In these days of cellphones and Skype, FaceTime, GoToMeeting and other virtual gatherings, it’s nostalgic to remember a time when people actually met face-to-face to transact business and socialize. So it was in 1921 when the Bureau of Municipal Research was ferreting out corruption and teaching New York and cities around the country how to govern effectively. To do this it needed to meet which meant coordinating the schedules of a dozen or more very busy men (and they all were men back then). So the decidedly low tech-solution of the day was to give trustees pre-addressed penny (!) postcards with the date and time of the next meeting typed in. All the respondents had to do was cross out “can” or “cannot” and sign their names.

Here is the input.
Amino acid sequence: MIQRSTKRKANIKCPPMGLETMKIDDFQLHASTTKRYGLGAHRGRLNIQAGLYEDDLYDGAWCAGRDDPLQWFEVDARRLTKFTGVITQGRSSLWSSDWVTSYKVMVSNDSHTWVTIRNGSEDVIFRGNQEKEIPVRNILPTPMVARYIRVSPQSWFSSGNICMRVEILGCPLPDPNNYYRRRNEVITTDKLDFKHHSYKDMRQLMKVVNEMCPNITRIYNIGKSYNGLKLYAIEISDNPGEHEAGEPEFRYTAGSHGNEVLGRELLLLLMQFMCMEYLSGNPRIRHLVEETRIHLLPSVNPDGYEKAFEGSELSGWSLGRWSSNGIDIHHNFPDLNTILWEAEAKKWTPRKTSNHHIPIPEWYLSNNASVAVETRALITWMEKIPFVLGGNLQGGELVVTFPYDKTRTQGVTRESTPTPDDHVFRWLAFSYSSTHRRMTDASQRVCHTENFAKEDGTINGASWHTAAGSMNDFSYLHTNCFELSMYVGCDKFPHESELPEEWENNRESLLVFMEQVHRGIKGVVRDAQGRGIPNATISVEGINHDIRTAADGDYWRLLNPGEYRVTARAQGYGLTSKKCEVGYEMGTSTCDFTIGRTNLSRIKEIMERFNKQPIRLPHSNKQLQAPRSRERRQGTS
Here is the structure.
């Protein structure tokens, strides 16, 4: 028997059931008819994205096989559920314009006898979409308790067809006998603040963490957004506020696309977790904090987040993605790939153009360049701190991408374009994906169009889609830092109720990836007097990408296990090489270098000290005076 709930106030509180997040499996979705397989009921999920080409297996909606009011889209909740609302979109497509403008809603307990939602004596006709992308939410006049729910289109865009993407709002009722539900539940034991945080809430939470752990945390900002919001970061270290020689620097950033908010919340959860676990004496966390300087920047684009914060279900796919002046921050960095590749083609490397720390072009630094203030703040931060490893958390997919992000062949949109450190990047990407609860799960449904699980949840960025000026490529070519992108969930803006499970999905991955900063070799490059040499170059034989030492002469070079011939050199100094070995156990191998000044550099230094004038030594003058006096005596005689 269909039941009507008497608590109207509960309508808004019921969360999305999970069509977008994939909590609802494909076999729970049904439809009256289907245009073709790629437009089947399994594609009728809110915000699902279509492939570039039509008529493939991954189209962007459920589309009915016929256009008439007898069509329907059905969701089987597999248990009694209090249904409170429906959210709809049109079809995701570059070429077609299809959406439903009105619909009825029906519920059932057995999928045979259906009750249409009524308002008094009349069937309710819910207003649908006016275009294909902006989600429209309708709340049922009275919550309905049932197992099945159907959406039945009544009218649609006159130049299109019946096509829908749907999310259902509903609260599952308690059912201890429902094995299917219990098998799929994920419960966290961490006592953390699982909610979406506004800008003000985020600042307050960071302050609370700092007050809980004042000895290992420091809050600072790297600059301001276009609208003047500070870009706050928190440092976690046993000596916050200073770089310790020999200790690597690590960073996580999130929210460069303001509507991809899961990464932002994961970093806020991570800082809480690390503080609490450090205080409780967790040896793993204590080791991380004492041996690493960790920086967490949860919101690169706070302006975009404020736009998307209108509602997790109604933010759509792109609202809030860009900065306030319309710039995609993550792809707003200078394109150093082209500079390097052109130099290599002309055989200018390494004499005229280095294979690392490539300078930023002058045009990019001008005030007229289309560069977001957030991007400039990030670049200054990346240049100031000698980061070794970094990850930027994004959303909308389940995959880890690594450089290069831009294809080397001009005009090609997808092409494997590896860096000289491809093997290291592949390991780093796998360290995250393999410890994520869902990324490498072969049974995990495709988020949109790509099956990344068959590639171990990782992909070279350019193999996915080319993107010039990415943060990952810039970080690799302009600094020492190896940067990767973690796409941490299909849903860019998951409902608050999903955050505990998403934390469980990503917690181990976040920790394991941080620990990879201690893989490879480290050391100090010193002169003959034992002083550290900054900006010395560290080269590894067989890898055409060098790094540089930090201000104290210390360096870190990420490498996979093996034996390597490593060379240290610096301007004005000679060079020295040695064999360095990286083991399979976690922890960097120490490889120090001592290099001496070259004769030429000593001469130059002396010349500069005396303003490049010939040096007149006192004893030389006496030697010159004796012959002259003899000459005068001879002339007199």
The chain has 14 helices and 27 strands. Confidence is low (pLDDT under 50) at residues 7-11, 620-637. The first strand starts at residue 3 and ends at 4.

Some opted to add a note of explanation. For the meeting of Jan. 21, 1921, as the Bureau was transitioning to the National Institute of Public Administration (later just the IPA), Henry Bruère, one of the BMR’s legendary “ABC” founders, wrote in that I “hope to” attend. “But I shall be later as it is too early for me,” he scrawled in pen. He had another meeting at 4:30. (See how busy?)
Sam A. Lewisohn, lawyer and philanthropist and son of Adolph Lewisohn who donated the money for City College’s Lewisohn Stadium (built in 1915, demolished in 1973) wrote I “will try to” attend. R. Fulton Cutting wrote he would simply attend.
What would they have made of today’s online calendars?